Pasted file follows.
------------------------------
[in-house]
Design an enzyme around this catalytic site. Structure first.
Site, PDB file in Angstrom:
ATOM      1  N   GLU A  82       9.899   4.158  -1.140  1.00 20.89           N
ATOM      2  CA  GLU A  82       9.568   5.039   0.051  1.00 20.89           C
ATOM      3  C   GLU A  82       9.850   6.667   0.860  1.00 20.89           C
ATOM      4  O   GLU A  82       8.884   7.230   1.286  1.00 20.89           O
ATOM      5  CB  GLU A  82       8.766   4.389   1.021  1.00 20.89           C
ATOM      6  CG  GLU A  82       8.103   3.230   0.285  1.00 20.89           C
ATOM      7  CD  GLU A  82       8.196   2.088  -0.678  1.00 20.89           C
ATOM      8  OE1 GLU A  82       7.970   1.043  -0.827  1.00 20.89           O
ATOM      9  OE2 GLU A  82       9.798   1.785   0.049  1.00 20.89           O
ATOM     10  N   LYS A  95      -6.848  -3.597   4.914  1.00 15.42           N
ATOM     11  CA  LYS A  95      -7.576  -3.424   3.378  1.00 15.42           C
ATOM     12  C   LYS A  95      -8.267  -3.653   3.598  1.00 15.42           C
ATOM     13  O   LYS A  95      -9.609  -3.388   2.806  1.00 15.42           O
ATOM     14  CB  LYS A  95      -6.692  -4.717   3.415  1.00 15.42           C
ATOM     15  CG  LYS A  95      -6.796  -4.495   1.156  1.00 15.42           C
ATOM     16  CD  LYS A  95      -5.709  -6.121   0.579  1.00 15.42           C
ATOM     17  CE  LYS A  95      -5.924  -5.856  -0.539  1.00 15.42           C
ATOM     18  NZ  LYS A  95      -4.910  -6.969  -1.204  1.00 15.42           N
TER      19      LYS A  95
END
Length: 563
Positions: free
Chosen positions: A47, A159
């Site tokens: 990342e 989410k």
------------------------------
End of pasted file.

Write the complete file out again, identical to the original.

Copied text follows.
[in-house]
Design an enzyme around this catalytic site. Structure first.
Site, PDB file in Angstrom:
ATOM      1  N   GLU A  82       9.899   4.158  -1.140  1.00 20.89           N
ATOM      2  CA  GLU A  82       9.568   5.039   0.051  1.00 20.89           C
ATOM      3  C   GLU A  82       9.850   6.667   0.860  1.00 20.89           C
ATOM      4  O   GLU A  82       8.884   7.230   1.286  1.00 20.89           O
ATOM      5  CB  GLU A  82       8.766   4.389   1.021  1.00 20.89           C
ATOM      6  CG  GLU A  82       8.103   3.230   0.285  1.00 20.89           C
ATOM      7  CD  GLU A  82       8.196   2.088  -0.678  1.00 20.89           C
ATOM      8  OE1 GLU A  82       7.970   1.043  -0.827  1.00 20.89           O
ATOM      9  OE2 GLU A  82       9.798   1.785   0.049  1.00 20.89           O
ATOM     10  N   LYS A  95      -6.848  -3.597   4.914  1.00 15.42           N
ATOM     11  CA  LYS A  95      -7.576  -3.424   3.378  1.00 15.42           C
ATOM     12  C   LYS A  95      -8.267  -3.653   3.598  1.00 15.42           C
ATOM     13  O   LYS A  95      -9.609  -3.388   2.806  1.00 15.42           O
ATOM     14  CB  LYS A  95      -6.692  -4.717   3.415  1.00 15.42           C
ATOM     15  CG  LYS A  95      -6.796  -4.495   1.156  1.00 15.42           C
ATOM     16  CD  LYS A  95      -5.709  -6.121   0.579  1.00 15.42           C
ATOM     17  CE  LYS A  95      -5.924  -5.856  -0.539  1.00 15.42           C
ATOM     18  NZ  LYS A  95      -4.910  -6.969  -1.204  1.00 15.42           N
TER      19      LYS A  95
END
Length: 563
Positions: free
Chosen positions: A47, A159
């Site tokens: 990342e 989410k």